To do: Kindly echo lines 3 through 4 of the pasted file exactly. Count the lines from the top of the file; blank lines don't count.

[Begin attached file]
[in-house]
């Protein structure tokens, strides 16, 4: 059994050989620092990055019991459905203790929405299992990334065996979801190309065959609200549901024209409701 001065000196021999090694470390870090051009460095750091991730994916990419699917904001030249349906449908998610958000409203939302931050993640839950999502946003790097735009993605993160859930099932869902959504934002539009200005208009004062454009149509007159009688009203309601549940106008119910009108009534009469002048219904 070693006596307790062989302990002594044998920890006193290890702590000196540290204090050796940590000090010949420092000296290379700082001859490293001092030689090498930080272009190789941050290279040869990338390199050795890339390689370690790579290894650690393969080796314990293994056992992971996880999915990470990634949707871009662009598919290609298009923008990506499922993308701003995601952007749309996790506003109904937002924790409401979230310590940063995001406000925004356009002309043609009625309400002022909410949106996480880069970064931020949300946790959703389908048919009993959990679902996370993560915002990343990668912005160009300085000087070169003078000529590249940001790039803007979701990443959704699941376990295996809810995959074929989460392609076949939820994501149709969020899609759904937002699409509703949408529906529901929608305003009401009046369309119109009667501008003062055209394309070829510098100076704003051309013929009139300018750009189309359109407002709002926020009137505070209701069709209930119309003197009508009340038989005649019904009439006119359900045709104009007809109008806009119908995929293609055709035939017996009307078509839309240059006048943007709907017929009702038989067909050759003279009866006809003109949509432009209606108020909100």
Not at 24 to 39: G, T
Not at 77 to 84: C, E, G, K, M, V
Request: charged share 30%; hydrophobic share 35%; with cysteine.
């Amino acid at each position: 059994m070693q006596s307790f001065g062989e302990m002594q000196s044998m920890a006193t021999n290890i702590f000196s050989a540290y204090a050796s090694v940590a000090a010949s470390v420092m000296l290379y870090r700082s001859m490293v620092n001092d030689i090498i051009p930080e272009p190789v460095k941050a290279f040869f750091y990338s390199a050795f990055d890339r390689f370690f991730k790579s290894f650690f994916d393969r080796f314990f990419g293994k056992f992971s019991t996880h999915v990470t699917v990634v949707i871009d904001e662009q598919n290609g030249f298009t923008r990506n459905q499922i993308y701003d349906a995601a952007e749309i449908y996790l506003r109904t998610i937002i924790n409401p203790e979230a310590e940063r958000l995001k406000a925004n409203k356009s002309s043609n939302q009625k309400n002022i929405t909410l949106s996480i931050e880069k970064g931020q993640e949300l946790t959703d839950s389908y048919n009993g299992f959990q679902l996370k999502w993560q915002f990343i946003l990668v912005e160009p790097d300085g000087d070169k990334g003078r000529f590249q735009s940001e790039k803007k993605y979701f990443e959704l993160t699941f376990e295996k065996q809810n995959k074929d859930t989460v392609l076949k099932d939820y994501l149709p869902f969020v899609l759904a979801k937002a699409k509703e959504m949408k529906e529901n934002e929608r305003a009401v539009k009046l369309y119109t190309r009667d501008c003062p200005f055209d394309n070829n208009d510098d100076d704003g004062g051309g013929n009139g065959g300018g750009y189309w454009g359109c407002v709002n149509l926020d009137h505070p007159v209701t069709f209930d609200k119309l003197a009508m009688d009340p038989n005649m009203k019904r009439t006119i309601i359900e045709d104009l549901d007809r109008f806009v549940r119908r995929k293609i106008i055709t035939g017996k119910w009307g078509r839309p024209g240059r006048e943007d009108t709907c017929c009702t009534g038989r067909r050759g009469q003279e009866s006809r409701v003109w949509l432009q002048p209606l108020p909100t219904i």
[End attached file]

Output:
Not at 24 to 39: G, T
Not at 77 to 84: C, E, G, K, M, V